Paper Review : TCP Vegas : End to End Congestion Avoidance on a Global Internet


Reviewer : Seh Leng Lim


This paper describes an implementation of TCP, based on modifications to the Reno implementation of TCP, that is refered to as TCP Vegas.


The main contribution of the paper is its proposal for improving TCP, which includes a new timeout mechanism, a novel approach to congestion avoidance that tries to control the number of extra buffers the connection occupies in the network, and a modified slow-start mechanism. TCP Vegas has very promising experimental results from both simulation and the Internet, whereby TCP Vegas achieves between 37 and 71% better throughput with one-fifth to one-half losses, as compared to TCP Reno. TCP Vegas is just as fair as TCP Reno, it does not suffer from stability problems and does not adversely affect latency.


The key main ideas expounded are:

†††† (a) A new retransmission mechanism which retransmits relevant segment when the difference between the current time and the time recorded for sending is greater than the timeout value

(b)    A congestion avoidance mechanism which limits the number of buffers per connection

(c)    A modified slow-start mechanism which allows exponential growth every other RTT, thereby enabling detection and avoidance of congestion during slow-start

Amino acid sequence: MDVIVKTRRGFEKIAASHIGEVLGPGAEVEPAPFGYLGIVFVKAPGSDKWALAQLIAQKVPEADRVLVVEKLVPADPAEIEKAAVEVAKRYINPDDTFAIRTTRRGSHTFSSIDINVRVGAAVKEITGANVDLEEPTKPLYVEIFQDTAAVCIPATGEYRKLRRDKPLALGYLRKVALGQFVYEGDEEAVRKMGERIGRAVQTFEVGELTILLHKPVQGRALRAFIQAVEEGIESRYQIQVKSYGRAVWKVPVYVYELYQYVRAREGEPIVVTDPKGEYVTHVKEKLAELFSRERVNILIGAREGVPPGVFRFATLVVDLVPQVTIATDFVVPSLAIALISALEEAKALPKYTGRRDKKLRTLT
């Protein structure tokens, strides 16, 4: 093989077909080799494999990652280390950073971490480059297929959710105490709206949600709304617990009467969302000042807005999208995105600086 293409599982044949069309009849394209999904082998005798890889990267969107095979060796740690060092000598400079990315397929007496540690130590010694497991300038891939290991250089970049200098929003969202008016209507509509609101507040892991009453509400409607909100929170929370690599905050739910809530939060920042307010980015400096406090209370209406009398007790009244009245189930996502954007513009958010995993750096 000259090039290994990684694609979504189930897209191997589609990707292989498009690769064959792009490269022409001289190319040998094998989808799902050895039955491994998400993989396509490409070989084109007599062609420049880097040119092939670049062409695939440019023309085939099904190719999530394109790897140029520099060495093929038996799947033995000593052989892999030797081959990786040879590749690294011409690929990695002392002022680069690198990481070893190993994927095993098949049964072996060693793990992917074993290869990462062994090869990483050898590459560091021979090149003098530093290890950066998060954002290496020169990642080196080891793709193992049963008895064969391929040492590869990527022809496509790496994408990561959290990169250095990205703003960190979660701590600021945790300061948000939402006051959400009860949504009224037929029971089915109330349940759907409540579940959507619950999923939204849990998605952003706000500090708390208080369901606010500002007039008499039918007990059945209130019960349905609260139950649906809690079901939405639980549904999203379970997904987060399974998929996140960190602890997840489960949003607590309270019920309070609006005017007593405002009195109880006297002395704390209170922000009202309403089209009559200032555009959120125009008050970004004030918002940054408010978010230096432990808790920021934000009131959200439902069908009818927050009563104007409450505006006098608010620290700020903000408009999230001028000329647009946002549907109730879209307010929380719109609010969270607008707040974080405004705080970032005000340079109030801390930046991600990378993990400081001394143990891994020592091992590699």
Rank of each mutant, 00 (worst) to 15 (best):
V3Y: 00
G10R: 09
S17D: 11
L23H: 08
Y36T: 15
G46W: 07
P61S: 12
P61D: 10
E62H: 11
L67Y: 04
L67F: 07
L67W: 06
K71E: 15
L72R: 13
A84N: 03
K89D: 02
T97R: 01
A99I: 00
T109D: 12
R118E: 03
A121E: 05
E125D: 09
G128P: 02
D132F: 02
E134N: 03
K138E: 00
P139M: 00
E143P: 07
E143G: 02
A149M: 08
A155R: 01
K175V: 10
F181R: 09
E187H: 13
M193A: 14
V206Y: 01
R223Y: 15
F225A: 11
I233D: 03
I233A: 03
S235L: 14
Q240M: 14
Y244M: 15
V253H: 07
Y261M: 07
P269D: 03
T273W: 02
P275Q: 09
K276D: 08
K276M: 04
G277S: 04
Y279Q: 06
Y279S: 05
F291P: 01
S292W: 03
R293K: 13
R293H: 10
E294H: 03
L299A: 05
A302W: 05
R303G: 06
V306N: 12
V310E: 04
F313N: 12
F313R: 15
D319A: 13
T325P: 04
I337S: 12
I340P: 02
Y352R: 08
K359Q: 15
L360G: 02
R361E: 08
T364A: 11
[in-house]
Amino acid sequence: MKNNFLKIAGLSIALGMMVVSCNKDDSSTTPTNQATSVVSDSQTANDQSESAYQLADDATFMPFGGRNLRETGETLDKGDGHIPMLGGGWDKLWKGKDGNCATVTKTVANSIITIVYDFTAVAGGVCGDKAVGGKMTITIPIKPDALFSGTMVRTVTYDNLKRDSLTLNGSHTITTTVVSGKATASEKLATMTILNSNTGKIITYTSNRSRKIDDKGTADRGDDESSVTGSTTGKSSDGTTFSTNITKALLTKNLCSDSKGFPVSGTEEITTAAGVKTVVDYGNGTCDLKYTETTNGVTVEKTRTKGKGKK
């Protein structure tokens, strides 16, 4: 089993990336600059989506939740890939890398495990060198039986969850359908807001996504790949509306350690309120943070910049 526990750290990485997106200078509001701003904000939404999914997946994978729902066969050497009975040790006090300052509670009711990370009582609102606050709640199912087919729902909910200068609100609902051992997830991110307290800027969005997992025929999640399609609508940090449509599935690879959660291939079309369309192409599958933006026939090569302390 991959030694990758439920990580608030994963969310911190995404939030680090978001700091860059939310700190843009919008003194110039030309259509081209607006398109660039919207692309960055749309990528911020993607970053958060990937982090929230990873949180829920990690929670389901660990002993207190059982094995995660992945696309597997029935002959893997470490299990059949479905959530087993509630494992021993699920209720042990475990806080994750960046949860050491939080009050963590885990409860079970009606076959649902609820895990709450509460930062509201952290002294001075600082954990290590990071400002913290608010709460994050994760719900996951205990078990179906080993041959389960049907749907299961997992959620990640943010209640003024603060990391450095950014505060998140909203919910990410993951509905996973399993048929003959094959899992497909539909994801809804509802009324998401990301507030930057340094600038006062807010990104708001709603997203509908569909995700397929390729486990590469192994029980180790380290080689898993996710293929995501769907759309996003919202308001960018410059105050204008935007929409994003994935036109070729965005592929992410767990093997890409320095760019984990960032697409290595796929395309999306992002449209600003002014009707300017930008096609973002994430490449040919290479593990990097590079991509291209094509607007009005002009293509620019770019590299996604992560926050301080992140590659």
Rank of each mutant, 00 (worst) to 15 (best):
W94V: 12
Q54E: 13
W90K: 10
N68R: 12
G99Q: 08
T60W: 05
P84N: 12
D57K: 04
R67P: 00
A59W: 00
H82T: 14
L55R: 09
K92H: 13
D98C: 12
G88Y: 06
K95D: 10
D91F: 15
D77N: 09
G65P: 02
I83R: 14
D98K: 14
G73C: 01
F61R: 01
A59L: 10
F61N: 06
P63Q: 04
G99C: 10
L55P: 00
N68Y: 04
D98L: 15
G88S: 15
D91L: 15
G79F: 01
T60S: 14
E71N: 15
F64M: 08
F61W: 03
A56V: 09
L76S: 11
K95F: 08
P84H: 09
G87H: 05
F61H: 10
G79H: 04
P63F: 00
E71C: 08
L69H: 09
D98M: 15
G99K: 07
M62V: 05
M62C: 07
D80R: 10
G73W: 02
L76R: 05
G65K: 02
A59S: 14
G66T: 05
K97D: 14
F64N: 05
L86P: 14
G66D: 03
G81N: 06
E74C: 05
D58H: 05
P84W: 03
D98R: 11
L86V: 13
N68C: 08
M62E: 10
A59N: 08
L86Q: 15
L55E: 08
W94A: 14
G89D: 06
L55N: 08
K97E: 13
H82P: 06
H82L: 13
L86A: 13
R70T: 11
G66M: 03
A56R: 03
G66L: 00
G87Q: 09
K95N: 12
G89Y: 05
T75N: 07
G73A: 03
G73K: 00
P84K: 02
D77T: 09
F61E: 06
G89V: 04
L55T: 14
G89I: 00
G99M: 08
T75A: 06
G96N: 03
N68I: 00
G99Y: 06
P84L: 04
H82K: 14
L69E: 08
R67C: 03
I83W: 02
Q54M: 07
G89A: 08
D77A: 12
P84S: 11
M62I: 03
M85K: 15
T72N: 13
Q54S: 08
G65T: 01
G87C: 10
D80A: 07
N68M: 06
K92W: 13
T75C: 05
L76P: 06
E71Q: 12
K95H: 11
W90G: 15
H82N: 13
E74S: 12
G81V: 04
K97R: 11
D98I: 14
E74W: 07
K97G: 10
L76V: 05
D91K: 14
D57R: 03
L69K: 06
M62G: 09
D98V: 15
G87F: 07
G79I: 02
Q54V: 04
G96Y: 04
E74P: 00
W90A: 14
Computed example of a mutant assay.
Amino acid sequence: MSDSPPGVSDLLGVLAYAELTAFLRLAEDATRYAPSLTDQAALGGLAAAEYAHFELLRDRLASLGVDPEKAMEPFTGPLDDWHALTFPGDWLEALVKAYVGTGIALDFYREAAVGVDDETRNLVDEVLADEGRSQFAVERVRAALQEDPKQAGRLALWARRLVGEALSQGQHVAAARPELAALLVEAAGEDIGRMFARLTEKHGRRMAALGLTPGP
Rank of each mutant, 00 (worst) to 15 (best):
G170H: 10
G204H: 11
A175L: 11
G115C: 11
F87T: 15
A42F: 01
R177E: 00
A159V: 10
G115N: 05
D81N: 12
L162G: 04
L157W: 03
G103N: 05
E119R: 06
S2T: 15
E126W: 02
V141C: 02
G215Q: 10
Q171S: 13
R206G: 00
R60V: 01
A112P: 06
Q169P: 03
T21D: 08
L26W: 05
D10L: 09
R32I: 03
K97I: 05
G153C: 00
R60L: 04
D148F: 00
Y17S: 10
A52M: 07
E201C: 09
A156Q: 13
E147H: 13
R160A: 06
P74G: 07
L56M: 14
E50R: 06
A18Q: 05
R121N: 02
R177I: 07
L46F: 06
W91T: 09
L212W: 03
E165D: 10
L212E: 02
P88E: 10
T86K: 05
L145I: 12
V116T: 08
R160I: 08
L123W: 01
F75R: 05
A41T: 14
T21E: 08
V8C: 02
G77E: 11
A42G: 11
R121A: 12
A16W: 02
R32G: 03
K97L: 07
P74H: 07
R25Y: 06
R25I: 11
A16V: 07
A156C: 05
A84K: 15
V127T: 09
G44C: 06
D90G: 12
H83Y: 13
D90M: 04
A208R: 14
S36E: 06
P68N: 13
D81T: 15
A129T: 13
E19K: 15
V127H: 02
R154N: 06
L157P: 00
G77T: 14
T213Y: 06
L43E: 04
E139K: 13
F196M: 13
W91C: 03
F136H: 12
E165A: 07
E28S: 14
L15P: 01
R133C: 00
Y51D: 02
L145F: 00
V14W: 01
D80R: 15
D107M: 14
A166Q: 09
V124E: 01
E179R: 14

I think that the paper has a significant contribution (rating of 4) to the study of congestion avoidance mechanisms in the computer networks. The paper does have convincing experimental results to show that TCP Vegas does improve performance over TCP Reno on the Internet. At the same time, the authors have also attempted to perform simulations to study issues such as how Vegas connections affect Reno connections, and what happens when all connections are running over Vegas.So far, the simulation results have been promising.

The authors mentioned two alternative approaches such as having an intelligent buffer manager in the router to guarantee real-time connections as well as selective ACKs to decrease the number of unnecessarily retransmitted packets. However, the authors have brushed them both away as having no influence on TCP Vegas. For the first, the authors opined that real-time connections can request (and pay ) for a minimally acceptable bandwidth, and then use TCP Vegas to achieve end-to-end congestion control. For the second, the authors declare that selective acks have very little effect on TCP Vegasí retransmissions as there were only 6 KB per MB of unnecessarily retransmitted packets.


Researchers and builders who build TCP/IP stacks, routers or even internet applications will have a better appreciations of TCP Vegas and how it improves network connectivity.